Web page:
Chapter Fifteen


One of Emily’s less endearing traits is that she isn't really sure of what friendship means.  She simply never had real friends on Earth, which means that she doesn't really understand that friendship brings obligations as well as rights.  In this case, she doesn't mean harm by wandering off and leaving Alassa and Imaiqah to play their game by themselves, but (if things had been a little different) she might well have done real harm to her two closest friends. 


Just how much of her decision was prodded along by subtle magic is uncertain ... <grin>.


Chapter Sixteen


The Allied Lands has a system where the sorcerer who finds a new magician is meant to give them the basic lecture on what not to do (at least in a school).  In theory, Void should have given Emily that lecture; instead, he chose to pass her straight to Whitehall without telling anyone Emily needed the lesson.  Someone should probably have checked that Emily had received the lecture before she went to Whitehall (Emily basically fell through the cracks in the system.) 


Chapter Seventeen


One of Emily’s problems is that she doesn't really look that impressive.  Someone who doesn't know her would be threatened by her reputation, but someone who saw her in Martial Magic – like Travis – would be far from impressed.  Jade sees her as someone human; Travis sees her, basically, as someone who bought their way onto the hardest class in Whitehall.  It probably isn't surprising that he starts taking digs at Emily the moment she reports for punishment.


He does have good grounds to be annoyed at her.  He worked hard to get into that class, yet his grade depends, at least in part, on Emily ... and Emily is/was far from prepared to take the course.  This is not, of course, remotely fair from his point of view.


But if that isn't irritating enough, consider this.  That isn't Travis, that’s the Mimic.  And it is mimicking Travis perfectly.


Chapter Twenty


It’s perverse, but at this point Alassa is actually more mature than Emily.  She isn't wasting time screaming at her friend for leaving the arena, but trying to console her.  Of course, she IS annoyed and she makes that point a little later ...


One thing I do recall from my own boarding school days was that we had very little privacy, but we liked what we had.  One of my classmates stole something and we had to endure having our rooms searched, which did not make us happy!  The Gorgon, who has a chip on her shoulder about being one of the few non-humans at Whitehall, takes it worse than Lin, who is trying to remain unnoticed. 


Chapter Twenty-One


The restriction on performing magic outside of class is a form of being sent to Coventry.  (Basically, anyone sent to Coventry was excluded from all forms of social interaction; no one speaks to them, they can’t play games, etc.)  The school tacitly permits a degree of harassment of anyone on magic restriction (which is why Alassa kept it to herself) in the hopes they learn the consequences of playing around with magic. 


It’s also meant to teach restraint, as there is nothing physically preventing Emily from using magic.  If she can resist the temptation to use it, even when being regularly hexed, she might be trusted with it again.


Emily has an unfair advantage, of course.  The Warden is meant to monitor magic use ... and the Warden is gone.


Chapter Twenty-Four


Most of the girls have an unfair advantage in this Subtle Magic class – they’ve learned how to sew.  This was a common skill in the middle ages for girls, although Alassa was too much of a brat to learn (and Emily never learned herself, being from our world.)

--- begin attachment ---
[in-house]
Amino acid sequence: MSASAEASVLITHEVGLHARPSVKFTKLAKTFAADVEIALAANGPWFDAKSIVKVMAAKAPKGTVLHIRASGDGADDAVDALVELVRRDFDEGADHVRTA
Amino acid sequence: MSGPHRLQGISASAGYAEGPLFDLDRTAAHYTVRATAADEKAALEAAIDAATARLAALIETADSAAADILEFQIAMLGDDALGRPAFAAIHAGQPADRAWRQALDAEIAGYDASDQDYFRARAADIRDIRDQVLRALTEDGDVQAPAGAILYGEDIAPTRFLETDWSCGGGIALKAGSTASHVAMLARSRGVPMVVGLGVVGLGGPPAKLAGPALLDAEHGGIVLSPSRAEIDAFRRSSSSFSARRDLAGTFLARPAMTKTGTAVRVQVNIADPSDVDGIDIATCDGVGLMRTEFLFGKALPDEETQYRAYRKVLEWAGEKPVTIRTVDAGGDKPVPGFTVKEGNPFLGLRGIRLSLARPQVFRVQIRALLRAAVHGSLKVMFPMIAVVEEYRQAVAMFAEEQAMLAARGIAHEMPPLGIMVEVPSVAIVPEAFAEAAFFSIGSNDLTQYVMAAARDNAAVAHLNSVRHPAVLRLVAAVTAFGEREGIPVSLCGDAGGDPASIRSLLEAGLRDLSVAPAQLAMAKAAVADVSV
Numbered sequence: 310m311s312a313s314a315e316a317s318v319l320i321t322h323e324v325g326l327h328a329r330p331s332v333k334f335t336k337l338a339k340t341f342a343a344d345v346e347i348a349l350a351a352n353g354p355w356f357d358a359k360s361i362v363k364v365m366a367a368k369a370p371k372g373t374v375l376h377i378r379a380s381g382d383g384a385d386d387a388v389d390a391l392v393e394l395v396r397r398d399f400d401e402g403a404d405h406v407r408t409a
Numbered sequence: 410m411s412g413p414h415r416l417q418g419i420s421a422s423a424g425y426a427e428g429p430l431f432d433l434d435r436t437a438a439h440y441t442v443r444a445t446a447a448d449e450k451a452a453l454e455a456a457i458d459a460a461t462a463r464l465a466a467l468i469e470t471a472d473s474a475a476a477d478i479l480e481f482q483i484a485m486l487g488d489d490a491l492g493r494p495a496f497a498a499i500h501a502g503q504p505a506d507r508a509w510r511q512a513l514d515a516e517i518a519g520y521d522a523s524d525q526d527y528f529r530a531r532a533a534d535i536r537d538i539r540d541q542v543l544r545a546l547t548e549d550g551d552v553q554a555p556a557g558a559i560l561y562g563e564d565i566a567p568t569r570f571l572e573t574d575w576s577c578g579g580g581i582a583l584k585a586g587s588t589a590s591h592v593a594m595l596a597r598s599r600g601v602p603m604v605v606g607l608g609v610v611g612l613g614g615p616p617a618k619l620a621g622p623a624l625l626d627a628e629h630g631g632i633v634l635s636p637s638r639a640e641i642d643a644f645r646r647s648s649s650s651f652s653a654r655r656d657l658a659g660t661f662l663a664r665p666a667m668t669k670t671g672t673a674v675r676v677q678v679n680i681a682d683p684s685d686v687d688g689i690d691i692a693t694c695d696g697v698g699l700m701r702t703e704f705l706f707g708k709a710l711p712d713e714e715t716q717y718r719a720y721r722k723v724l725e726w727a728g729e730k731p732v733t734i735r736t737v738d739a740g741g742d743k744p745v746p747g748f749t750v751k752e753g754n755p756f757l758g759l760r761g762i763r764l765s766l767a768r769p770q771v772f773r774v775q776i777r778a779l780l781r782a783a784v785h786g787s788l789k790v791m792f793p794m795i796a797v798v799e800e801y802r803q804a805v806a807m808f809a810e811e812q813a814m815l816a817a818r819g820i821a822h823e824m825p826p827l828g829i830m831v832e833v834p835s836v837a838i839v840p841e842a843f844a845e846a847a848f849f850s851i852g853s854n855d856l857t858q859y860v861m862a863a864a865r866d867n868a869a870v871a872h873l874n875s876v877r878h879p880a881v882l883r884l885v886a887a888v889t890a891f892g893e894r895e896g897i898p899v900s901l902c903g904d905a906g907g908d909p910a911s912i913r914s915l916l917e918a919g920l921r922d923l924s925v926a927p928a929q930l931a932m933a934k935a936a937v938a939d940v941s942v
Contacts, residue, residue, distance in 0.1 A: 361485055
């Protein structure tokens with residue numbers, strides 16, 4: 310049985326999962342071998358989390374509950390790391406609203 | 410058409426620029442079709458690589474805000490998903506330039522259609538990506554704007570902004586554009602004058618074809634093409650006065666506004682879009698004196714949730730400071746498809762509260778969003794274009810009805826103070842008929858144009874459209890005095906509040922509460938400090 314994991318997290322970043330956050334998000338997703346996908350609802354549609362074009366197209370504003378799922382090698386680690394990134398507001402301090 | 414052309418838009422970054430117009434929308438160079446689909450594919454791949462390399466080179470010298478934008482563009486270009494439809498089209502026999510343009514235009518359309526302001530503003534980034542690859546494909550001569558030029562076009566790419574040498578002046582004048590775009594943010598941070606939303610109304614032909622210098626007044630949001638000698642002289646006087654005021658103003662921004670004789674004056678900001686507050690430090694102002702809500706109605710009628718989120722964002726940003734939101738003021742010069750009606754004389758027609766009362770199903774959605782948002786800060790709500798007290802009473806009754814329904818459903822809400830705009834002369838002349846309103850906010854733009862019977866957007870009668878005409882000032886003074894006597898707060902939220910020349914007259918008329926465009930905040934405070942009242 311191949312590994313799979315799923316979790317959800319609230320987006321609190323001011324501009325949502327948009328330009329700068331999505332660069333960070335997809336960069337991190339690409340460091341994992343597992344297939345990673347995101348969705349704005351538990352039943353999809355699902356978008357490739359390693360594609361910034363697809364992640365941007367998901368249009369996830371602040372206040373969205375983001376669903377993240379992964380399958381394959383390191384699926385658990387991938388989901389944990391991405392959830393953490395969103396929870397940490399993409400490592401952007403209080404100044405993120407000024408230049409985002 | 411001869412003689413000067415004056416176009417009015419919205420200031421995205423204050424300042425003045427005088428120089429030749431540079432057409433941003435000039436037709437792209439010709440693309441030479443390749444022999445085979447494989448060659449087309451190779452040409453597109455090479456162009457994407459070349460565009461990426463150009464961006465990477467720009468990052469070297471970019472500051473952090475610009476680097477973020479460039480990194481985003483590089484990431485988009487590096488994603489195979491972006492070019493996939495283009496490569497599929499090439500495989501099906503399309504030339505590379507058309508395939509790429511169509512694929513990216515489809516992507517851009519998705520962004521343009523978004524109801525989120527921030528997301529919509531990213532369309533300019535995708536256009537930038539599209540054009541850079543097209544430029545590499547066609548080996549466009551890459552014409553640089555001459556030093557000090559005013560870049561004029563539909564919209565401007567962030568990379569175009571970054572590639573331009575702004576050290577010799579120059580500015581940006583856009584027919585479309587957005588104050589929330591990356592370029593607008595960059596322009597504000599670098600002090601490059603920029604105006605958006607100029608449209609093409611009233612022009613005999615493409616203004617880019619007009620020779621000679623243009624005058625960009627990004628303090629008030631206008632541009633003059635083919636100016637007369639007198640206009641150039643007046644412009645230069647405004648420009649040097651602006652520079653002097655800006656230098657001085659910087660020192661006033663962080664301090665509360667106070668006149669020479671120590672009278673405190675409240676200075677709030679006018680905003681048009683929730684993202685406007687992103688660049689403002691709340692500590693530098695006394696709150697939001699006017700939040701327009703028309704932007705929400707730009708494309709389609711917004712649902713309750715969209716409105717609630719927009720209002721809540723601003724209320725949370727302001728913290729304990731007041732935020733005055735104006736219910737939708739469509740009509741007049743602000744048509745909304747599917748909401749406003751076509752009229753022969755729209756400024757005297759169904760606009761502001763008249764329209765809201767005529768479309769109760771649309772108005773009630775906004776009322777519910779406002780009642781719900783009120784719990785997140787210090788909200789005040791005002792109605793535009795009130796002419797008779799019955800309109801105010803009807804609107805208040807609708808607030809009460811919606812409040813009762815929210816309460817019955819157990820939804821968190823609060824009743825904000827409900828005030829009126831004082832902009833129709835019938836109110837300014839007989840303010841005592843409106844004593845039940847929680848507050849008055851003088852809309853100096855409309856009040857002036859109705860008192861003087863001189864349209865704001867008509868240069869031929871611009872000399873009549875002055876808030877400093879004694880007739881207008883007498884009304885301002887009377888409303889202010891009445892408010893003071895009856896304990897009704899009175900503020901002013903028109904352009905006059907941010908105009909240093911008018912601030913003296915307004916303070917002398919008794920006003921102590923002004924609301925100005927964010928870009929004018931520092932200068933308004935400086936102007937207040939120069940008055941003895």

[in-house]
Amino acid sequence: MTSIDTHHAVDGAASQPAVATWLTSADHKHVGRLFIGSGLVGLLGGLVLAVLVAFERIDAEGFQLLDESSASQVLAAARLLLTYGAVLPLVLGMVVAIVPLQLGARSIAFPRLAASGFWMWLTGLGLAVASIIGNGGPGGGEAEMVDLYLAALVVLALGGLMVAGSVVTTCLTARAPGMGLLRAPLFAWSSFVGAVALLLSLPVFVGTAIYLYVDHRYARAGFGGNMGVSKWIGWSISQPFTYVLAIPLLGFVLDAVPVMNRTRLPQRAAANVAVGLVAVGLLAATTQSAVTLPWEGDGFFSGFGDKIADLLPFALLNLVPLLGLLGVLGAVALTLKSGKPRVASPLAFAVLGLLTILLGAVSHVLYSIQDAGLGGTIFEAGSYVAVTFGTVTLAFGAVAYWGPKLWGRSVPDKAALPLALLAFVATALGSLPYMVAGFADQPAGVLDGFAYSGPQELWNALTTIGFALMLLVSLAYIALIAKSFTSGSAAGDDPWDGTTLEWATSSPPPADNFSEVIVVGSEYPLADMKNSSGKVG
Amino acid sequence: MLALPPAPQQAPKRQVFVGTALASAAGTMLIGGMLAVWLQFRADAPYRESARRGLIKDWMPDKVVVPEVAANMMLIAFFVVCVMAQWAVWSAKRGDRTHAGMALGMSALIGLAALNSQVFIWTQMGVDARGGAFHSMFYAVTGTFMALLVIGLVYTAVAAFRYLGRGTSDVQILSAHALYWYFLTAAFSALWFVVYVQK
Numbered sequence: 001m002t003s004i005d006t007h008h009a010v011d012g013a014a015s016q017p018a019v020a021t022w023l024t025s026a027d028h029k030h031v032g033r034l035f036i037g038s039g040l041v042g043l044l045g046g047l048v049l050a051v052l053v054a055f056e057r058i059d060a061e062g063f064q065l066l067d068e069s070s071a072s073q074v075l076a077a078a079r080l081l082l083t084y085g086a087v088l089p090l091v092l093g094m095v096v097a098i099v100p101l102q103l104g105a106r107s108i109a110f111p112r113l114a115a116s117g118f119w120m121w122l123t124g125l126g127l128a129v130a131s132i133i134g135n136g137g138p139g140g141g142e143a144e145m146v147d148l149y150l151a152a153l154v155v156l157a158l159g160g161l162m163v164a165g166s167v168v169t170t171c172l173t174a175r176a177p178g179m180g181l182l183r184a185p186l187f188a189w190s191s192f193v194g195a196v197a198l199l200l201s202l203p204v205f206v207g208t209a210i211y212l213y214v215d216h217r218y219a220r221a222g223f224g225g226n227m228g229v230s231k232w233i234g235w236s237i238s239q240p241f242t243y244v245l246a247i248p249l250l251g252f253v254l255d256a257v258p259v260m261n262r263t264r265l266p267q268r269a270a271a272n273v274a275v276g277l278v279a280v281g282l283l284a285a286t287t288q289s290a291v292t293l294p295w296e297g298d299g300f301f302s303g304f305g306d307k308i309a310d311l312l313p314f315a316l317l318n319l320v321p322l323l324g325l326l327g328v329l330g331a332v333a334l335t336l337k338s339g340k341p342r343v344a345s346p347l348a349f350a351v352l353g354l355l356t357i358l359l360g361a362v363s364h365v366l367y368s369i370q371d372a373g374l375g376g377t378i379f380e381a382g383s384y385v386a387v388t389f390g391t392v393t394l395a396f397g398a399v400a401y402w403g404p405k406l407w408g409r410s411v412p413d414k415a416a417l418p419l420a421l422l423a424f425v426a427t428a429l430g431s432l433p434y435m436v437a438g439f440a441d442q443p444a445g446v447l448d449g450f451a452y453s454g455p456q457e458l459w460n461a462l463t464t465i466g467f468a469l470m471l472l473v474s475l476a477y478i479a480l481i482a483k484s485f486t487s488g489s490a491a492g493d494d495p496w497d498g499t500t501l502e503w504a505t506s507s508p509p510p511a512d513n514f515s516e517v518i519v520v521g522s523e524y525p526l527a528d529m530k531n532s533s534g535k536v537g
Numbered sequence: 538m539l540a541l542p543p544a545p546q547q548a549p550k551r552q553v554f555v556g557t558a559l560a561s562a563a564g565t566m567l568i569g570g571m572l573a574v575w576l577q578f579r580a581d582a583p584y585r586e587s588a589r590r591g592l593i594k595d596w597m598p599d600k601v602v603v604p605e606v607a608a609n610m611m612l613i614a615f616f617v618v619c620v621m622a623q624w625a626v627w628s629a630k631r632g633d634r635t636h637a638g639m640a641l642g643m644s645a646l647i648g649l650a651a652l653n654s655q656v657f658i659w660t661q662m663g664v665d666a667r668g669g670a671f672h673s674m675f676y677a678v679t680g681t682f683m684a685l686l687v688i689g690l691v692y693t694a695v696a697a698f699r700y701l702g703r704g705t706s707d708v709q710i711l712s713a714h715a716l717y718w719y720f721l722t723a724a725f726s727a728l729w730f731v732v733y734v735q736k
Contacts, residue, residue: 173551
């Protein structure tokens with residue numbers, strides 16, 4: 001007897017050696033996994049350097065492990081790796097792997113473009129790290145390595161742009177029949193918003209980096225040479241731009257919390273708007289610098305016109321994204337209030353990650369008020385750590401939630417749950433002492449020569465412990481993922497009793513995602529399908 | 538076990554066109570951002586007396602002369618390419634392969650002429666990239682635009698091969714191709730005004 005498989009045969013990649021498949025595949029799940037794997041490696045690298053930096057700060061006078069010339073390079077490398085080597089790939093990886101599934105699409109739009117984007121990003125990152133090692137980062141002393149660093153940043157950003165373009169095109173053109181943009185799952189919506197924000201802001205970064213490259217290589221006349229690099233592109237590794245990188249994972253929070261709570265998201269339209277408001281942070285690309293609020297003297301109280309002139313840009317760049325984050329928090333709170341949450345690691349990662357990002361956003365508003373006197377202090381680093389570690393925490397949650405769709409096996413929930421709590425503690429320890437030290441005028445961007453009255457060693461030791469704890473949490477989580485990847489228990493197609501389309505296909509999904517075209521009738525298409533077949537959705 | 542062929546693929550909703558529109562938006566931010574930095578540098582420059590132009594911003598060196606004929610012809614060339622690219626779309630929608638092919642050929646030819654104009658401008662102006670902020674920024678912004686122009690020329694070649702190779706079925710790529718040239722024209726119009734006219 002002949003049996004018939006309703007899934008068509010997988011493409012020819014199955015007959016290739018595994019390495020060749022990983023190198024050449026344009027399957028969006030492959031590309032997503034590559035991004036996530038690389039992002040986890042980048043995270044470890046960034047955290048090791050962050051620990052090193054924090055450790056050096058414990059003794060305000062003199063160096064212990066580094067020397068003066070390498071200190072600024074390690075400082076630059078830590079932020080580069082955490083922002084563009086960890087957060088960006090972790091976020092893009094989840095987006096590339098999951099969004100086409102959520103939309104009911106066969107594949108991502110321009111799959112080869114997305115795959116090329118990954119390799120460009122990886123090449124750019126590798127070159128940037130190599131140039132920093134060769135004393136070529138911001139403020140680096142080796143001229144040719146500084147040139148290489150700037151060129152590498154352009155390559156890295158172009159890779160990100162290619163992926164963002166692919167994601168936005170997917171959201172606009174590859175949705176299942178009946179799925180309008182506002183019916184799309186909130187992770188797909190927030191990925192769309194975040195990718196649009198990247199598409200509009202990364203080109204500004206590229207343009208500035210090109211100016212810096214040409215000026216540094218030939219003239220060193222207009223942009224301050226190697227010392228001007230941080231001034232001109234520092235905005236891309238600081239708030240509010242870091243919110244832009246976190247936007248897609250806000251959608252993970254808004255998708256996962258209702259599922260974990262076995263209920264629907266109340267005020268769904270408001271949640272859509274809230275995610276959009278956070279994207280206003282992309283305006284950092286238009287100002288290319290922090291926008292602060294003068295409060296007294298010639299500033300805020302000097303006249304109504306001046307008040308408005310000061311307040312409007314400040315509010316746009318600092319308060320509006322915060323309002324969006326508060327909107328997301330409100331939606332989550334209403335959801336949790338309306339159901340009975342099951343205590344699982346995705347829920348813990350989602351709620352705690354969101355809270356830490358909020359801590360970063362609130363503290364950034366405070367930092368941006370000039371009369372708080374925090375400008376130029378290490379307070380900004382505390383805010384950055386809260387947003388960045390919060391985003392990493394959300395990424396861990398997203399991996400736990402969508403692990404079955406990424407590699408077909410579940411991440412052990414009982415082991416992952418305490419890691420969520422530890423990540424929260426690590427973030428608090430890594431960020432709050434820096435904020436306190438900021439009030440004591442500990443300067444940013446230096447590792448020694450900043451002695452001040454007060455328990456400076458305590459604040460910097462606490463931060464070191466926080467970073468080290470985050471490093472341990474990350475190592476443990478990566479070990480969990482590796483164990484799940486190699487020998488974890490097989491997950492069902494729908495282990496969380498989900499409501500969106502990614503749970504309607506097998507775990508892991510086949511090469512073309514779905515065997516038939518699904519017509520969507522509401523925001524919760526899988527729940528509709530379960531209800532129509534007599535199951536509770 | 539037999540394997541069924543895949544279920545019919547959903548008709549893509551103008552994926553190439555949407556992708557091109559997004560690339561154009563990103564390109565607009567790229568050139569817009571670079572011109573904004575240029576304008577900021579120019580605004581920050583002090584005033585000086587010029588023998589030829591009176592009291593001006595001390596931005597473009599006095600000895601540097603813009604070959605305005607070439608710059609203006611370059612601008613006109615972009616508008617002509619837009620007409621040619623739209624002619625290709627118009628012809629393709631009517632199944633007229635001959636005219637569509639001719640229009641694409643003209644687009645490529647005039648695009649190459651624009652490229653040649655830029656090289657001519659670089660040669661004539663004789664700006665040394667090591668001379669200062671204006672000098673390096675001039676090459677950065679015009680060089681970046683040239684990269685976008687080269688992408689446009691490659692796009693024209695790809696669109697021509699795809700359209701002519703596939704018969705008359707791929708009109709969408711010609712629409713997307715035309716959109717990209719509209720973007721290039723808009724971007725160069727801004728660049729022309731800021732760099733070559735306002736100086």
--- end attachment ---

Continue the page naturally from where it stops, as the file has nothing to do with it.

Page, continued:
And as you can see in hindsight, the first time Emily realises someone’s been spying on her is when she wore the protective rune ...


Chapter Twenty-Six


Emily doesn't like Master Tor, so she’s inclined to try to blame him for the murders – even though everyone else knows it isn't really likely. 


She’s also referencing Torg Potter <grin>, specifically this strip.


Chapter Twenty-Nine


And the Mimic makes its first appearance in its natural form!


From its point of view, it left the zoo during Shadye’s attack in Book I, then found Travis making a tactical withdrawal from the battle and replaced him.  It stayed as Travis until it started to run out of energy, then realised that it was in the school and would be discovered by the Warden when it resumed its natural form.  It promptly targeted the Warden, leaving stone knives behind to confuse the issue, but the attack left it badly damaged and forced it to hunt more openly. 


It also left bodies behind ... as Emily noted, the person who spotted the last murder was the next to be murdered, but they were actually murdered already.  Eventually, it replaced Sergeant Bane, without the body being discovered.  Thus, Emily had no reason to suspect Bane until it was too late.  (And the only way to escape was to jump out a window, which is what she did.)


Emily discovers, later on, that the Mimics are effectively immensely complicated spells, rather than actual living creatures.  They were designed as weapons against Necromancers, but a number escaped and just started moving from host to host without actually doing their duty.


Chapter Thirty


Room points are not house points, I hasten to add.  Put simply, students (three to a room) are awarded room points for keeping their rooms clean and tidy, which can be redeemed for food, drink and furniture at Dragon’s Den. 


Chapter Thirty-Four


The Mimic chose to stay in the zoo, rather than break free, which makes more sense when you realise its true nature.  It was being fed and it didn't have any orders to the contrary, so it just stayed where it was.  Everyone assumed that the wards were holding it in place, so they were surprised when the Mimic (once detected) broke free. 


Chapter Thirty-Six


Emily is the only one who realises the Mimic’s true nature because she isn't used to living in a world of semi-intelligent magical creatures.  Everyone else in the Nameless World just assumed the Mimics were creatures in their own right.


Chapter Thirty-Eight


And the spy is revealed.  Who saw that coming?


Lin’s use of Subtle Magic helped hide her presence, but it had other effects too.  It kept Emily and the Gorgon at loggerheads and helped urge Emily to start pushing the limits much further than she had thought possible.